Carlos Paz spent his childhood laboring in California’s grape fields. Today, the Harvard Medical student is conducting research on circadian rhythms.
“I knew from a very early age that if I didn’t want to do physical labor all my life, I would have to go to college and excel in school,” he said,
Former Los Angeles gang member, Omar Sahagun, is also a Harvard Medical student. He is conducting research on the role of immune system proteins in breast milk.
“I can never change where I came from,” Sahagun said, “But I have learned that I can, and will, change where I am headed.”
Paz and Sahagun are joining more than 30 other minority medical students from across the country, many of whom have similar stories of dramatic personal achievement, for the Symposium of the Fellowship Program in Academic Medicine for Minority Students in Princeton, N.J. (March 7-8).
Hosted by the Bristol-Myers Squibb Pharmaceutical Research Institute, the fellowship program gives students an opportunity to interact with other medical school students and faculty, and to present their research project findings. The program is designed to encourage medical students from minority groups to pursue academic medicine and careers in biomedical research.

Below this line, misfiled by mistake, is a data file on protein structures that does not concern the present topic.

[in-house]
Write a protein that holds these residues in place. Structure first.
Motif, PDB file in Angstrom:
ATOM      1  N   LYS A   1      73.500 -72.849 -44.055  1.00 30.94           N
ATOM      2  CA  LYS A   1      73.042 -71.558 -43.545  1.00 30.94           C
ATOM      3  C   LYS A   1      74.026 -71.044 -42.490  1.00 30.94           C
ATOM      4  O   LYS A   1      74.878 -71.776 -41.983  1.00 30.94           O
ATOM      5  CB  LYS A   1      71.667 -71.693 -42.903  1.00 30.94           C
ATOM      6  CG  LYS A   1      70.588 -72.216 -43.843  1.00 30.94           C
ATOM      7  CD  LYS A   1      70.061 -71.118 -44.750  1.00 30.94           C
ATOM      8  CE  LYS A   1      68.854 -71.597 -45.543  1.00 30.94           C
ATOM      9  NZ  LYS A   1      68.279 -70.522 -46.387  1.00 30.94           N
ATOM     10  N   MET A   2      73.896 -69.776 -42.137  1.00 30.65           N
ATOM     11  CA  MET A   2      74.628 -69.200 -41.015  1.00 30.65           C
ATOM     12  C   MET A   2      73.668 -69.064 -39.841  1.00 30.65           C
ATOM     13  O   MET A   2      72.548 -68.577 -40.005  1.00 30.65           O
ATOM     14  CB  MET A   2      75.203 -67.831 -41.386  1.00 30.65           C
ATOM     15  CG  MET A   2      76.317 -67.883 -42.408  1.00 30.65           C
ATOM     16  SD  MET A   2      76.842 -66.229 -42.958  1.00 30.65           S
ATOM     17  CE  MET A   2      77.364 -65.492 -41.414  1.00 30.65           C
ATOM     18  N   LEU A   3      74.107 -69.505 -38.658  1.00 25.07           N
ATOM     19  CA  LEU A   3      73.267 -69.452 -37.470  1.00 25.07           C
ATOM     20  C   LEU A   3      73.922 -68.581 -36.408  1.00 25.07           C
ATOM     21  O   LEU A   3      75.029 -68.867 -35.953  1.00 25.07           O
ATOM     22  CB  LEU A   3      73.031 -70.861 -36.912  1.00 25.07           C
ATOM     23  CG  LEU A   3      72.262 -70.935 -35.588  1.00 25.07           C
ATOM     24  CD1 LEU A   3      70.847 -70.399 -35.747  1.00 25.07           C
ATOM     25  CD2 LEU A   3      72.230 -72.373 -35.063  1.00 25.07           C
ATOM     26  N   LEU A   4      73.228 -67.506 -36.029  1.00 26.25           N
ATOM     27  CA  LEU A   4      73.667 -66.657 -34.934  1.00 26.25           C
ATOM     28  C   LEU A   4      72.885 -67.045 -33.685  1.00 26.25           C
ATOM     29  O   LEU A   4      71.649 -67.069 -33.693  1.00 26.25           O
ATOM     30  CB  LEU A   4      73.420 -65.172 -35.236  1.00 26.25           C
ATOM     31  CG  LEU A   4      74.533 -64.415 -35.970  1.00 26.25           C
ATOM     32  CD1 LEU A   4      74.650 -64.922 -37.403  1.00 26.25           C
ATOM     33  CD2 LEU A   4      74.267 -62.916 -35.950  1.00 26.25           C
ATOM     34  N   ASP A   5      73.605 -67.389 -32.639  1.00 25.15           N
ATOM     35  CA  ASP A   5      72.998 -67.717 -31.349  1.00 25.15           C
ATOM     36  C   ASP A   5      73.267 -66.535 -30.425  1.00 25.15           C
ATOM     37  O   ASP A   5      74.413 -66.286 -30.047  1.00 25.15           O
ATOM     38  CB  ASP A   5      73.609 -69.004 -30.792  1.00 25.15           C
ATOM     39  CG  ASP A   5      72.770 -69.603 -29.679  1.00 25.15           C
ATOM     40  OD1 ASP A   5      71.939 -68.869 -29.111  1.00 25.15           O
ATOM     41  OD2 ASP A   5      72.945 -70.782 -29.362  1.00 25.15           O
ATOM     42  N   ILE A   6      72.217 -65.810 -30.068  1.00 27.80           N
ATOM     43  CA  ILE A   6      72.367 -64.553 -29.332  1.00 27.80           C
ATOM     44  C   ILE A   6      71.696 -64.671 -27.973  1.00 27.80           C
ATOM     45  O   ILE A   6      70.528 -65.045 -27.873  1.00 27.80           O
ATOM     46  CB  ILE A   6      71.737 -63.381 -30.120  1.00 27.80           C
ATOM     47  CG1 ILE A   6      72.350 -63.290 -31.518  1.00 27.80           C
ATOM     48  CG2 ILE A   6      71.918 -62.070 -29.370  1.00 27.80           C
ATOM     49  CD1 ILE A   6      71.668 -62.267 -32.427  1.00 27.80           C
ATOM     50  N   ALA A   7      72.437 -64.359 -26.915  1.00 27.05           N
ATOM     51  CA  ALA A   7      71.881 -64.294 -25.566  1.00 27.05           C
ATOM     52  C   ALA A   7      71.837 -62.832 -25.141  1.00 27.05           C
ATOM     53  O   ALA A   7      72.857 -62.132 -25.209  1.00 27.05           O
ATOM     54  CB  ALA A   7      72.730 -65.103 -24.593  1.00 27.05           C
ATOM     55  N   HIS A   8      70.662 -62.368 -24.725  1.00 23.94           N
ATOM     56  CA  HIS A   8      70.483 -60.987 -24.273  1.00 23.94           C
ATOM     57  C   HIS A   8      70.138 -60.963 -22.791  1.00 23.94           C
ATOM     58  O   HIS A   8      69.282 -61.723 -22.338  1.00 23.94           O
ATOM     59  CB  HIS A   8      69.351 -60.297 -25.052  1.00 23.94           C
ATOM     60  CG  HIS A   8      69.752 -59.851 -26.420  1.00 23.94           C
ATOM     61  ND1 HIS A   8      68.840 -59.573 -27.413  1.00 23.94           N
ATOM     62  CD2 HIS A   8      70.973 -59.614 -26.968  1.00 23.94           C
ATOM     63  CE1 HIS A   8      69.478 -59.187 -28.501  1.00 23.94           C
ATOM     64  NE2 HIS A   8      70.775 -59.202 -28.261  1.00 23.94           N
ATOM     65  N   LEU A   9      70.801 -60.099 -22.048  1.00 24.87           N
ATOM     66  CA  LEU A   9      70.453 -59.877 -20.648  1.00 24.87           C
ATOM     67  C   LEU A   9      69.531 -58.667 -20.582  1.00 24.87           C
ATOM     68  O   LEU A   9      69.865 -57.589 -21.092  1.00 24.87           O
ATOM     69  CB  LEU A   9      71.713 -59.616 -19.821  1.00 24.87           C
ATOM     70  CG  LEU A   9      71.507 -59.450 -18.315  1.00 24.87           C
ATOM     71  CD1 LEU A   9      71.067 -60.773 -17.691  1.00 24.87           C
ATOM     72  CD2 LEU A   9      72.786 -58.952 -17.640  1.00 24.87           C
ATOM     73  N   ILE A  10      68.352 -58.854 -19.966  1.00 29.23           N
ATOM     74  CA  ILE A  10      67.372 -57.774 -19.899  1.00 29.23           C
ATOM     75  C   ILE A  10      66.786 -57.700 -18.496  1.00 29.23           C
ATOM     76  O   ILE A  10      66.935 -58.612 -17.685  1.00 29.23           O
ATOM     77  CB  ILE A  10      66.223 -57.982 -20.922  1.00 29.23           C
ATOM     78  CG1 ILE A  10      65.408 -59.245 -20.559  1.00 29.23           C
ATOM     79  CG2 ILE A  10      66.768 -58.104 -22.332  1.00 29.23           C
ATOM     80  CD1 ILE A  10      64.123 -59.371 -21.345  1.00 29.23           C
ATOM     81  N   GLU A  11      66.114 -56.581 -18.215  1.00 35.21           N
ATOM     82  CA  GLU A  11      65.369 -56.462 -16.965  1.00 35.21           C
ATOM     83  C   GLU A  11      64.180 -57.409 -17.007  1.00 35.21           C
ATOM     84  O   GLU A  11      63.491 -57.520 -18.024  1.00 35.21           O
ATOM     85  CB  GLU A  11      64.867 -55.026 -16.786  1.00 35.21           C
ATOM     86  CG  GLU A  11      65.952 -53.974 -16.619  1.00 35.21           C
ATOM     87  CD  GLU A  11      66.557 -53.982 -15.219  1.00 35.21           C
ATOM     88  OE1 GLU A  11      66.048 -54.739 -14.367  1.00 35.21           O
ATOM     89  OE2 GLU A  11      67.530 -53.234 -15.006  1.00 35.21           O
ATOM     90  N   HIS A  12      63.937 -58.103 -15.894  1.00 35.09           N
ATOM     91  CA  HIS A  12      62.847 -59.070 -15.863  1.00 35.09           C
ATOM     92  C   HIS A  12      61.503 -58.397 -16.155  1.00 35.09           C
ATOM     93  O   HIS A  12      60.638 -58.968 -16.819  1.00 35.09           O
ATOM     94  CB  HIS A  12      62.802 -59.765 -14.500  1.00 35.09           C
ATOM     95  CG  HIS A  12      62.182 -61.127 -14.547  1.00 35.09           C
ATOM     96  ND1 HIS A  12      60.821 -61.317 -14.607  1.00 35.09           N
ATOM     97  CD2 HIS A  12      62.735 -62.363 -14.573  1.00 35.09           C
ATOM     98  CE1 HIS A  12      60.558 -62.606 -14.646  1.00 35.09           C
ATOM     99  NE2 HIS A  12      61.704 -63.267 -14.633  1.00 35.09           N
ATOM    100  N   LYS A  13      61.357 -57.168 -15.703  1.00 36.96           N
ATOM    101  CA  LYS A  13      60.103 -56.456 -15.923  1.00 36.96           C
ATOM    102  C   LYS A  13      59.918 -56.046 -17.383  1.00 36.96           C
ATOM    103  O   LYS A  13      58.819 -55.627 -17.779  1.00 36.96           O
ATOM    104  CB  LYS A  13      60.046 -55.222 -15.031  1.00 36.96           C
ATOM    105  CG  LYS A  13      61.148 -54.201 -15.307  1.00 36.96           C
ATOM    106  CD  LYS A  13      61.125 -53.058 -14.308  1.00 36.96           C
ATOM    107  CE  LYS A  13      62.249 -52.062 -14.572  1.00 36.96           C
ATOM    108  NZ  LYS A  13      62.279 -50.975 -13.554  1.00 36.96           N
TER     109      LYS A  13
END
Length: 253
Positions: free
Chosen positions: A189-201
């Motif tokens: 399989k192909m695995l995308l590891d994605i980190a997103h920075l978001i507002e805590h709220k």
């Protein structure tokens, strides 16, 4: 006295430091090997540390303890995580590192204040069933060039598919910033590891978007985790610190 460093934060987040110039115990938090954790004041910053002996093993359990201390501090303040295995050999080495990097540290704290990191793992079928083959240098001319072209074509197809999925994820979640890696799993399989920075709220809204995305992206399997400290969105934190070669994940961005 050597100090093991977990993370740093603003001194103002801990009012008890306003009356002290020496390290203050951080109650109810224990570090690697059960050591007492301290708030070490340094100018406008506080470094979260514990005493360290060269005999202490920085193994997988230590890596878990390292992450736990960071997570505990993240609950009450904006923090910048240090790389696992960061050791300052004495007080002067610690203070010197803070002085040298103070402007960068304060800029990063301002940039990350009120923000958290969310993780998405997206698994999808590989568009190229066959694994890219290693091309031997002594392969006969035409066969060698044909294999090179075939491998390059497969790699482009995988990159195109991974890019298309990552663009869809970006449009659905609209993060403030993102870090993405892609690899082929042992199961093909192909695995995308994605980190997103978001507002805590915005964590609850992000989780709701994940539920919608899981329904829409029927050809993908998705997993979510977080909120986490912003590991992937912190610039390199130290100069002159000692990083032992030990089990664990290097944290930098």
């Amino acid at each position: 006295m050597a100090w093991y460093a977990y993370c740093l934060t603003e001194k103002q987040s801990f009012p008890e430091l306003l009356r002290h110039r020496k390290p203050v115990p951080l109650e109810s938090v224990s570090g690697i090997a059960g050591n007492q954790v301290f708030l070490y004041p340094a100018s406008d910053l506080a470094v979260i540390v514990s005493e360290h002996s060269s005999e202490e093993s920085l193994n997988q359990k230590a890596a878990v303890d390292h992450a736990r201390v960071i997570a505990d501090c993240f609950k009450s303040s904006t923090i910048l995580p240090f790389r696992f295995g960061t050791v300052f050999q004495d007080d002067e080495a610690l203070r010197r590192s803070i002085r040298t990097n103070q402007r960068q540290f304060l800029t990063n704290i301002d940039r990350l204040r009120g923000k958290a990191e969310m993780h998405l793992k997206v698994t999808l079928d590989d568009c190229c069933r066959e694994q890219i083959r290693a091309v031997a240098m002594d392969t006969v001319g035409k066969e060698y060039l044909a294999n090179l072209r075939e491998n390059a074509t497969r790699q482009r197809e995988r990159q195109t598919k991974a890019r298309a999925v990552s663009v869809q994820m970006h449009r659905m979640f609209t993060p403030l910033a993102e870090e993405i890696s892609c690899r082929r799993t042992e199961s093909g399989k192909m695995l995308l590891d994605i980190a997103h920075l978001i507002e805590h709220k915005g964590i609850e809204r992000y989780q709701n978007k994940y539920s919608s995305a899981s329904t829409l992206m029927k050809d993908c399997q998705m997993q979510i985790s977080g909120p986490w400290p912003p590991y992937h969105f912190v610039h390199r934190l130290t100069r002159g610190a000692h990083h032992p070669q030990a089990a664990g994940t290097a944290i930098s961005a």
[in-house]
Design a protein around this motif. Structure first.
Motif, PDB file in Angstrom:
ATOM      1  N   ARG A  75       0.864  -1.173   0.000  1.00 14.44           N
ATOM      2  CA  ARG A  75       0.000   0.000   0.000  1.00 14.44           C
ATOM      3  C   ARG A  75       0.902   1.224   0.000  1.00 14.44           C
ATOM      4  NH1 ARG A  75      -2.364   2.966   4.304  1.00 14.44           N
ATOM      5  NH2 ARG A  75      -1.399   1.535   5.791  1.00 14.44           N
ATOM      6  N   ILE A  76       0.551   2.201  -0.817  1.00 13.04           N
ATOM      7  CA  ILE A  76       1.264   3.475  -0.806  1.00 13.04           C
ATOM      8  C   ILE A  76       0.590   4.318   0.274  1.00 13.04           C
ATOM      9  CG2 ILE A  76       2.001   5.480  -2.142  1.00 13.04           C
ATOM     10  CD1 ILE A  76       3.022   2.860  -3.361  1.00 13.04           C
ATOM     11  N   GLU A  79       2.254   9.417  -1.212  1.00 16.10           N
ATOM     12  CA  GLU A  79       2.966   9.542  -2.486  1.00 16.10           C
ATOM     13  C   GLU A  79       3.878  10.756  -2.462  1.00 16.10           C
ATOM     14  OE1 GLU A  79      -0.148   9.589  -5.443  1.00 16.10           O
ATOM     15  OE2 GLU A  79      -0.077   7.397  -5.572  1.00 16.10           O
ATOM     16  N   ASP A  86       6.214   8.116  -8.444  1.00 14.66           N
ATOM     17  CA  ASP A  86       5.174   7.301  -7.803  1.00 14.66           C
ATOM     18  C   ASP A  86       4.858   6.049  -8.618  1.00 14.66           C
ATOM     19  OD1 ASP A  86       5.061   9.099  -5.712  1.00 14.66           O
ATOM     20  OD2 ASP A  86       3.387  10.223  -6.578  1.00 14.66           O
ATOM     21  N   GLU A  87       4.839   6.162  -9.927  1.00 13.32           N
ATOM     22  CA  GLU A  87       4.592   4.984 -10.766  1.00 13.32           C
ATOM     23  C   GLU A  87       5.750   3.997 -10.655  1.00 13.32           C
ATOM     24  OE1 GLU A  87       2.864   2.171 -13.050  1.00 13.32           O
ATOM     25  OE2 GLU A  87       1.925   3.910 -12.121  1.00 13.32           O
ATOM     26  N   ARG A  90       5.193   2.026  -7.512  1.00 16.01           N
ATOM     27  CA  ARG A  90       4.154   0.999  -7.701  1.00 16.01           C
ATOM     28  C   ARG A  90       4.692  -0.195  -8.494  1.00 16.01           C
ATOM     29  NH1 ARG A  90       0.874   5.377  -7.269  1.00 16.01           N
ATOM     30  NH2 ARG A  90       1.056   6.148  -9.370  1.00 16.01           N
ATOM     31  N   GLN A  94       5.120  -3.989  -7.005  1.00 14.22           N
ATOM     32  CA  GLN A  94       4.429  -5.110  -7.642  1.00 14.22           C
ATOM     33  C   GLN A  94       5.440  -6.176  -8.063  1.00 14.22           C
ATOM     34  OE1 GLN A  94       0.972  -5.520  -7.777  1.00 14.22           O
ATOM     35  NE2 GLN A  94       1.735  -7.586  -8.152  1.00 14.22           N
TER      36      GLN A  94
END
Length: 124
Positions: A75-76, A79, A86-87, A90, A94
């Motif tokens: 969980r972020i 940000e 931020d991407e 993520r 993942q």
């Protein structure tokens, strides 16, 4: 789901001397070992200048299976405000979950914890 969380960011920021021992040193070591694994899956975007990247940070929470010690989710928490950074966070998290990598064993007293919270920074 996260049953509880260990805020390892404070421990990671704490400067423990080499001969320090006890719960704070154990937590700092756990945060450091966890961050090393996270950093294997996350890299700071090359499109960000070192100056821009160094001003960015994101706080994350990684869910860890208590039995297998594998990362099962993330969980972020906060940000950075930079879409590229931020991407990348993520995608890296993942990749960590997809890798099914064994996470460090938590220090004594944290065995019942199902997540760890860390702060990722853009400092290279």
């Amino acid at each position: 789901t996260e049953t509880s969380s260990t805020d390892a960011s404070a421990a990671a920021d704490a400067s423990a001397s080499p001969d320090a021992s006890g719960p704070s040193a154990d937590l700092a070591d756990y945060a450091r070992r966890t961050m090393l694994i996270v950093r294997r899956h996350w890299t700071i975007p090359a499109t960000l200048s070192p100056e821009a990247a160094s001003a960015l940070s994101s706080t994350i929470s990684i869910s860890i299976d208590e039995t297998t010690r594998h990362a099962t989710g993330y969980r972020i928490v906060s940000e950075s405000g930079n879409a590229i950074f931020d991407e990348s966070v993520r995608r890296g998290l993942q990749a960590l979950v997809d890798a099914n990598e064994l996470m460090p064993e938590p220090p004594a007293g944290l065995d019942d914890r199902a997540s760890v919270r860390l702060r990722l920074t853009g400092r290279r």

African Americans, mainland Puerto Ricans, Mexican-Americans, and American Indians make up 18 percent of the U.S. population, but less than four percent of the M.D. faculty in the nation’s medical schools.
As part of the symposium, the medical students will lead a “role model roundtable,” in which they will share their academic and life experiences with New Jersey and Philadelphia high school students.
More than 450 fellows have completed the fellowship program since it was founded in 1984. The program has received more than $3 million from the Bristol-Myers Squibb Foundation, which has been a supporter since 1990 and has acted as sole funder since 1993.
The fellows are second-through-fourth-year minority medical students who are nominated by their deans and chosen by a committee of medical school faculty and biomedical researchers. Fellows are selected based on their academic achievements, leadership abilities, and potential for assuming responsible roles in academic medicine.